Distracted Truckers a Focus in Atlanta this April


According to Fleet Owner.com, Aegis Mobility has been conducting annual surveys on distracted driving among professional drivers for the past several years. This year, as they begin their third-annual survey on Workplace Distracted Driving, Aegis Mobility is targeting fleet operators and asking them to answer questions about distracted driving behaviors. 1104507_mobile_phone.jpg

The aim of the study conducted by Aegis Mobility is to develop a better understanding about employer attitudes regarding cell phone use and driver distraction. The results of the study can serve as a guide to help policymakers in the commercial trucking industry to make smart, safe policies and as a guide to help shed light on the dangers of distracted driving within the commercial trucking industry.

Our Atlanta truck accident attorneys know that commercial drivers are not supposed to engage in dangerous behavior when they are driving. Unfortunately, driving while distracted is extremely dangerous and can significantly increase the chances of an accident happening.

Professional Drivers and Distracted Driving
There are a number of different behaviors that can be considered distracted driving, but perhaps the most dangerous behavior of all is texting and driving. This is why the Department of Transportation (DOT) has instituted a ban on texting for all commercial drivers including drivers of large trucks and drivers who transport passengers.

When the ban passed When the ban passed indicated that there were harsh penalties for any driver who failed to comply with the prohibition against texting behind the wheel. The civil and criminal penalties that a commercial driver could face if he was caught texting could total up to $2,750.

Such strict penalties are needed to create a strong deterrent against texting because a driver who texts puts himself and everyone else at a 23 times greater risk of becoming involved in a car accident. When the texting driver is a truck driver, this is a serious problem because trucks are so much larger than passenger cars and are thus much more likely to cause a fatal wreck.

Texting is not the only dangerous behavior, though, and laws don’t always get followed no matter how harsh the penalties are for non-compliance. Aegis Mobile’s new study aims to see whether commercial fleet operators, risk managers and safety professionals are really taking strong steps to make sure that their drivers are safe and not distracted by texting or any other distractions. This is why they are urging fleet operators to answer their 3-minute survey and even offering an incentive in the form of an entry to win a free Samsung Galaxy Tab 2.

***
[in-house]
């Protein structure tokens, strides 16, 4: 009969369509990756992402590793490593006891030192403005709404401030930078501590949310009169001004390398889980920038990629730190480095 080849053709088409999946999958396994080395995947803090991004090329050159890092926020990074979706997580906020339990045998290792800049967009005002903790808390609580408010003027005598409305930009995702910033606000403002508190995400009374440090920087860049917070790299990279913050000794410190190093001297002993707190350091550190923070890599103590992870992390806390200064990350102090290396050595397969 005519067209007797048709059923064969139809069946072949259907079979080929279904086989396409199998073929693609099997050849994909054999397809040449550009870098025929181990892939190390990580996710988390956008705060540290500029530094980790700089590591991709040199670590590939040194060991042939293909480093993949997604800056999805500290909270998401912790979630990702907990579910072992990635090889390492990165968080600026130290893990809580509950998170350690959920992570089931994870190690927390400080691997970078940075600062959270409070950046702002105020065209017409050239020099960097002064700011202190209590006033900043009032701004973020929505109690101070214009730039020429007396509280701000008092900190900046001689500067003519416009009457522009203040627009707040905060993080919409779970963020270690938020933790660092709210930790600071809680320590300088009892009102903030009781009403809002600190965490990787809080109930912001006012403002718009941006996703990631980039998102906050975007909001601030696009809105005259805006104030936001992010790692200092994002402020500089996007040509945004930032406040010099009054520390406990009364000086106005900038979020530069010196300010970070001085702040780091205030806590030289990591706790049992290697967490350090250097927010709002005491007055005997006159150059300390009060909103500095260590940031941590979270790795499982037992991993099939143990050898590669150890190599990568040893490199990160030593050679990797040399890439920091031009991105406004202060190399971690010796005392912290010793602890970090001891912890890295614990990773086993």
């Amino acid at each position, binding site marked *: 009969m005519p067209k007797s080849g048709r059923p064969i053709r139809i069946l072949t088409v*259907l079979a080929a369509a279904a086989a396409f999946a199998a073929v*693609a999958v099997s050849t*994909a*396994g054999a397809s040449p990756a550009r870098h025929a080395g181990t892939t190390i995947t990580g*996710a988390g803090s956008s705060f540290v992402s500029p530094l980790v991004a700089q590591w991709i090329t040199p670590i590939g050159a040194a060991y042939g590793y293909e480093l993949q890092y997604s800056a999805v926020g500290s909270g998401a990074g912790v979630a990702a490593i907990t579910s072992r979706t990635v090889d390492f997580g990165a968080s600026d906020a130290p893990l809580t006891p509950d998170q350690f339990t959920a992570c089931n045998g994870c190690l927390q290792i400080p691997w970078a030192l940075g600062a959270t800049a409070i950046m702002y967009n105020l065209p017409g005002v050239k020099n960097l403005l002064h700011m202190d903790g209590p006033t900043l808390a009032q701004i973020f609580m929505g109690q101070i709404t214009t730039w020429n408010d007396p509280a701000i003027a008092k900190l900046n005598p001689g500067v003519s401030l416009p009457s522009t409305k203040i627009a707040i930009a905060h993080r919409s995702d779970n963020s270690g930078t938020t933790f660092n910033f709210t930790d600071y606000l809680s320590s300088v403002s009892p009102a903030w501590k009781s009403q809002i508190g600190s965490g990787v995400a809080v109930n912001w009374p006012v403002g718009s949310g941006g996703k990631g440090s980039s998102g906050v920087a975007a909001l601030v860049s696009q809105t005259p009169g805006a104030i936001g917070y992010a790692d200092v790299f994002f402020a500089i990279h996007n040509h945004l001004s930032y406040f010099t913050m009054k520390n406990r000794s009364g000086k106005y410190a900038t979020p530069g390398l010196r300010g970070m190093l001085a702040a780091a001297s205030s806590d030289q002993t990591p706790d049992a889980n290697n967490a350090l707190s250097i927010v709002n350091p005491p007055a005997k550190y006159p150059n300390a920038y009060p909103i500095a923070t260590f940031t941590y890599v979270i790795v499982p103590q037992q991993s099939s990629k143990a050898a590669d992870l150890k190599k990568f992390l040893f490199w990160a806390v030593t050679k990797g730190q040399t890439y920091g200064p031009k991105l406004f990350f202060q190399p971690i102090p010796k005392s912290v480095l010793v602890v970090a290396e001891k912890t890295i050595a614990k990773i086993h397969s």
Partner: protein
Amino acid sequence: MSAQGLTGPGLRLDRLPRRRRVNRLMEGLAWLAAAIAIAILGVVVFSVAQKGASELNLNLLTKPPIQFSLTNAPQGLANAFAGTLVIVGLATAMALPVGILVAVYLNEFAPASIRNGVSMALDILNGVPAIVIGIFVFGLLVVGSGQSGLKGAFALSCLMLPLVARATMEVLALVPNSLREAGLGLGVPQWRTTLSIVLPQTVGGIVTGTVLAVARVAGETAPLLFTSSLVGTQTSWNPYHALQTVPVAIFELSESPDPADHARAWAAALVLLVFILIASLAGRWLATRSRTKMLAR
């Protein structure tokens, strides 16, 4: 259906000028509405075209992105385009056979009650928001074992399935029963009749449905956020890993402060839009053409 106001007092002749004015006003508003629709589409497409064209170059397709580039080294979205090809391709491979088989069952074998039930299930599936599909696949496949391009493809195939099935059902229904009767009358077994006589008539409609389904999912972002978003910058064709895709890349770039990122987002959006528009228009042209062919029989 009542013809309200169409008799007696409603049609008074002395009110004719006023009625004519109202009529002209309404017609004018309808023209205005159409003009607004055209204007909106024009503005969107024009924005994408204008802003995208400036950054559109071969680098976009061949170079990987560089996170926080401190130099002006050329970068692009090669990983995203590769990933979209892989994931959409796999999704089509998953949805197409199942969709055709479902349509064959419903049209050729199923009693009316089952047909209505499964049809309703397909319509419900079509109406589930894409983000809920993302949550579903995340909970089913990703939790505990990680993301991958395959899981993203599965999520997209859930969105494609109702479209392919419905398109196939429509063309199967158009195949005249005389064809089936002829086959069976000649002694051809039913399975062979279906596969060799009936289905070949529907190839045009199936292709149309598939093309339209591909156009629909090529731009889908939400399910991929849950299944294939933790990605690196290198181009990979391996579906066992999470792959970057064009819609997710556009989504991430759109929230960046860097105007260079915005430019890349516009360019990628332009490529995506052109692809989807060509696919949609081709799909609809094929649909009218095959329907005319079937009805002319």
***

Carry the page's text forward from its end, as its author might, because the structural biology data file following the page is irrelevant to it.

Hopefully, many fleet operators will answer the survey in order to provide information on the actual practices related to distracted driving within the trucking industry. The results could encourage lawmakers to pass additional laws on distracted driving or to increase enforcement of the widespread ban that is in place on texting. The results could also show companies how important it is to take a strong stance on distracted driving so those that do not already have policies in place can make changes to better protect the public from the dangers of a distracted driver.

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About Michael Sullivan

Michael A. Sullivan is a former federal prosecutor who has more than twenty-five years of experience in sophisticated civil and criminal litigation.

Mr. Sullivan has represented large businesses and individuals in complex cases, many involving fraud and breaches of fiduciary duty. His trial experience over three decades has included white collar criminal cases, civil fraud, business torts, and serious personal injury and death cases. Mr. Sullivan has been selected as a Super Lawyer each year from 2006 to present.

From 1995-98, Mr. Sullivan served under Larry D. Thompson as a federal prosecutor in the Independent Counsel investigation of the Department of Housing and Urban Development, which included the prosecution of former Secretary of the Interior James Watt. He also has defended businesses and individuals in white collar criminal investigations and prosecutions, including financial fraud and tax investigations.  Mr. Sullivan has also conducted internal investigations, and has advised organizations on compliance issues.

In addition to handling a variety of complex civil cases, Mr. Sullivan represents whistleblowers worldwide in qui tam litigation under the False Claims Act, in the IRS Whistleblower Program, and in the new SEC and CFTC Whistleblower Programs.

Mr. Sullivan has worked with the False Claims Act since the late 1980s and has both defended and prosecuted cases under the False Claims Act.

Since the December 2006 inception of the new IRS Whistleblower Program, Mr. Sullivan has also represented tax whistleblowers in submissions totaling many billions of dollars. He has also worked with the IRS Whistleblower Office staff in presenting programs on best practices in pursuing IRS Whistleblower claims.

In 2009 and again in 2010, Mr. Sullivan was contacted by staff members of the U.S. Senate Banking Committee to discuss how the new SEC and CFTC Whistleblower Programs under the Dodd-Frank Wall Street Reform and Consumer Protection Act should operate. He has also met with the SEC and CFTC Chairmen and senior staff to recommend changes to the proposed rules for SEC and CFTC Whistleblower claims.

In 2014, Mr. Sullivan served as lead counsel to a major international corporation and won an eight-figure jury verdict against defendants who had defrauded the company and breached their fiduciary duties to it.

Mr. Sullivan is a graduate of the University of North Carolina and Vanderbilt Law School, where he was Senior Articles Editor of the Vanderbilt Law Review. He clerked for U.S. District Judge Marvin H. Shoob in Atlanta from 1984-86.